Next up in our Hiatus week cures is the first Supernatural comic book series “Supernatural: Origins”. It finished not long ago and the collected trade paperback recently became available for purchase.
First of all, the obvious question: should you buy the TPB or try for the entire series separately? Besides the obvious points about pricing and availability (the individual books are probably going to be harder and more expensive to find), there is the issue of continuity errors. For those who don’t know, the original comic showed John Winchester getting the Impala as a sign of his transition into the hunters’ world. Of course, any fan knows that from the beginning, the Impala has been there for the boys and was always a part of the family. The TPB edition of Origins fixed this problem. Thus, I recommend the TPB in an effort to avoid continuity headaches. (although there is one more which I will address should I ever get a working scanner)
Now let’s get into the meat and potatoes of the thing. It is a comic book, so that means we have 2 points to review: the art and the writing.
The first thing you’ll notice is that the art is highly stylized. Shadows are very dramatic, and their placement heightens the differences in people’s faces as much as noses, ears and hair. I think this was actually a good idea as one common problem with comic books based on live properties is the comparison of the drawings to the person they represent (especially Buffy/Angel comics). And let’s face it, unless you’re Alex Ross, no one is going to get their sketches to look like the person. So it was a smart idea for this book to head in the opposite direction to get out of the uncanny valley. By making the drawings almost caricatures of the actors, readers are more able to accept that this guy is John and that guy is Caleb. This style also plays well with scenery. The spooky places truly fill you with dread. The two page spread labeled “the inferno” is almost worth the price of the book alone. There are really only two complaints about the artwork. First, it does not work well in small/tight panels, especially those designed to highlight details. In a few places, it’s a challenge to figure out what is supposed to be happening. The second, is that eyes are so often shadowed – unseen. Now they art will show us a character’s eyes in dramatic moments, but this isin a universe where the eyes often function as a clue to identity (shapeshifter silver, demons of black, yellow and red, etc). Thus, readers are often left without the story hints that we need and which would greatly tighten the plot.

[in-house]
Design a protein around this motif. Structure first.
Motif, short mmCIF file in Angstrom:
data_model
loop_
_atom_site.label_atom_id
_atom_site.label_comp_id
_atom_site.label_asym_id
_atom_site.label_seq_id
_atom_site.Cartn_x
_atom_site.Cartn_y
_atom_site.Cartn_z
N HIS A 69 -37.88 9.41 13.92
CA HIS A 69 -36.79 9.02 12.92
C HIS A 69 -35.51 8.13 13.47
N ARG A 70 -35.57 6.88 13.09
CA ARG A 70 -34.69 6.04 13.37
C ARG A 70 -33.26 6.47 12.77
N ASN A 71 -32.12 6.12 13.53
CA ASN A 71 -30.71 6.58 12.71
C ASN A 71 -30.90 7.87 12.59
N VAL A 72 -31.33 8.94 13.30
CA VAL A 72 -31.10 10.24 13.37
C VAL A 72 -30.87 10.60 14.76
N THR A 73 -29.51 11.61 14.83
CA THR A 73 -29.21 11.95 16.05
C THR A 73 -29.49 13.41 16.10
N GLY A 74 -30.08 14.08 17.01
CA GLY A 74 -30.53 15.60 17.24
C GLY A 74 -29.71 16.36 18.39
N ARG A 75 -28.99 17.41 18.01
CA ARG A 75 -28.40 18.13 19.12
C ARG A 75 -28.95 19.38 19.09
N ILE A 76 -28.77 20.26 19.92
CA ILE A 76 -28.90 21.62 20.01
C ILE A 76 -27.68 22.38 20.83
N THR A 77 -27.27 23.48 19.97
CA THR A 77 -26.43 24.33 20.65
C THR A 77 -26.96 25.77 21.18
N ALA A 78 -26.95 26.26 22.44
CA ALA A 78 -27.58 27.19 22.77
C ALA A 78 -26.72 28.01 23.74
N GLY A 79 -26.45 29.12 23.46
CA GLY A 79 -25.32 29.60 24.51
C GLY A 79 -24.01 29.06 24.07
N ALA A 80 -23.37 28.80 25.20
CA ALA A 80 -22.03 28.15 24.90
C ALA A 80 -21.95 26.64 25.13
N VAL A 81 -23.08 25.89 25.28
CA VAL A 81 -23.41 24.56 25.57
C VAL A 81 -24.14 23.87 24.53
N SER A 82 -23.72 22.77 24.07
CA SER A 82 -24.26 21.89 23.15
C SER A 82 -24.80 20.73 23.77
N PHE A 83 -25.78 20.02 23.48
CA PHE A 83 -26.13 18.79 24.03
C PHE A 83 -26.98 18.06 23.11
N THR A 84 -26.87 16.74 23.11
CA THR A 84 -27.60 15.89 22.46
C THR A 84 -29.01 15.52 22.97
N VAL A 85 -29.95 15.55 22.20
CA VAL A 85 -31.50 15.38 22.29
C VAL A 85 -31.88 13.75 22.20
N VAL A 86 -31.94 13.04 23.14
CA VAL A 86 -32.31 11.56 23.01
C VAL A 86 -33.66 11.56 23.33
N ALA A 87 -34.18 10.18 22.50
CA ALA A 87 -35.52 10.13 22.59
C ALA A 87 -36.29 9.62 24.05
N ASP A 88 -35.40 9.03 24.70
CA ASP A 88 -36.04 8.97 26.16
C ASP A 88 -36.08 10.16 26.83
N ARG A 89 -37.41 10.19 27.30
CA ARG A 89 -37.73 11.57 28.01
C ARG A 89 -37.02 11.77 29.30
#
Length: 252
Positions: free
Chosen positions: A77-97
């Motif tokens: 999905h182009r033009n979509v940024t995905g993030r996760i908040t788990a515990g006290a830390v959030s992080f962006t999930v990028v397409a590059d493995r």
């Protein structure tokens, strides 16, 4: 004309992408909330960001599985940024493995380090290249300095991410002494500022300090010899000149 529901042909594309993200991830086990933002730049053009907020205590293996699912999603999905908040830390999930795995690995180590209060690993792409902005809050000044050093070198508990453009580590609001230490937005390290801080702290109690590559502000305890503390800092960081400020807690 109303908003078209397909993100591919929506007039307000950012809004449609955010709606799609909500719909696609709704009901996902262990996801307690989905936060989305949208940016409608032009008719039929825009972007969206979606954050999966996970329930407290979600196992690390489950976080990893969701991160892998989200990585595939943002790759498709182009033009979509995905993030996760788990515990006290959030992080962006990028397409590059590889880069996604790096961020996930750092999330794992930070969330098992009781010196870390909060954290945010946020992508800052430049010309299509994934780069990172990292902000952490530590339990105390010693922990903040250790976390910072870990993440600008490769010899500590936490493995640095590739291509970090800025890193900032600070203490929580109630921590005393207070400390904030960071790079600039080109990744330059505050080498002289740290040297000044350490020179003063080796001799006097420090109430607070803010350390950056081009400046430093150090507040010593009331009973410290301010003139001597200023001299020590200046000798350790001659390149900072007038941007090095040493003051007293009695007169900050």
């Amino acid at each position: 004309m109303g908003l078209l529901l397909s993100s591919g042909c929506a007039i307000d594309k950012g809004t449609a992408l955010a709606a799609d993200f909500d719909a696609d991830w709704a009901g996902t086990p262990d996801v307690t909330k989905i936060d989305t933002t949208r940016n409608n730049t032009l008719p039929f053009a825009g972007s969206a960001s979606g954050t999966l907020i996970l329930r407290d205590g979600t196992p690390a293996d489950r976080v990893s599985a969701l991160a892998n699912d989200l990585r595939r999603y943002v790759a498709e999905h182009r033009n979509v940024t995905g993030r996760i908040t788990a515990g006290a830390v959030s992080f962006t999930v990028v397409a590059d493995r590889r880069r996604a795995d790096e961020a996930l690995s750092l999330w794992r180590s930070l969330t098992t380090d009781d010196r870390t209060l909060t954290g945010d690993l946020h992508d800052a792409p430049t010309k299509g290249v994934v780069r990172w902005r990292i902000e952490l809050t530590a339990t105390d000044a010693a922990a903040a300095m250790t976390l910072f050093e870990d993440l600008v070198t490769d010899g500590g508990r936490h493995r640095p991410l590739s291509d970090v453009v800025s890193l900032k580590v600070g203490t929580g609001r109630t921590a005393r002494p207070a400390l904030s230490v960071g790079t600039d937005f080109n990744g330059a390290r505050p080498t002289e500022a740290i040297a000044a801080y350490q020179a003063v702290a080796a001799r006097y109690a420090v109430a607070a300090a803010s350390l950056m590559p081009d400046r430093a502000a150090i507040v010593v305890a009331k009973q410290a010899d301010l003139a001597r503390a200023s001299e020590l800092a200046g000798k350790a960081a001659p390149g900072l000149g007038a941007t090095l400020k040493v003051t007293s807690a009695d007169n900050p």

Speaking of which, what about the plot? Well first let me say, that the writer has excellent style. Most of the story is told from John’s perspective and the thought boxes flow smoothly into the dialog and back. You get to see the process of John moving from the world he knew to the dark shadows underneath all that. All in all it does pretty well showing us that important time in the Winchesters’ lives in the immediate aftermath of Mary’s death.
However, there are a few problems with it. One major one being pages 61 & 62 where John goes from thinking “I’m not a killer. I’m not a killer. I’m not a…” etc to “I’m a killer. I’m a killer.” etc. What takes the wind out of this dramatic moment’s sails is the repeated fact (both within the show and in this very comic) that John is a trained Marine. Now I could be wrong, but I’m quite sure that the Marines train people to be killers. Would that the scene had reinforced the back-story of John’s training and expressed the turning point differently.
Also, the story just kind of ends with no solid resolution of the central mystery. I can’t even put up a spoiler warning because there’s nothing to spoil. Considering that it ties into a show that works hard to tie everything together (unlike say… the x-files that drags mysteries out way too long), it’s a bit of a letdown. It might all be the YED, but it would have been nice to have been given an extra clue that it was.
Still, this is a pretty good story for fans to pick up. It’s the closest we’ll ever come to having a show where Jeffery Dean Morgan kicks supernatural ass. I’ll have to give this one:
(out of 5)
Hardcore fans should definitely pick this up.
It might not appeal to the casual viewer.
A few missteps keep it from being a 5 star classic.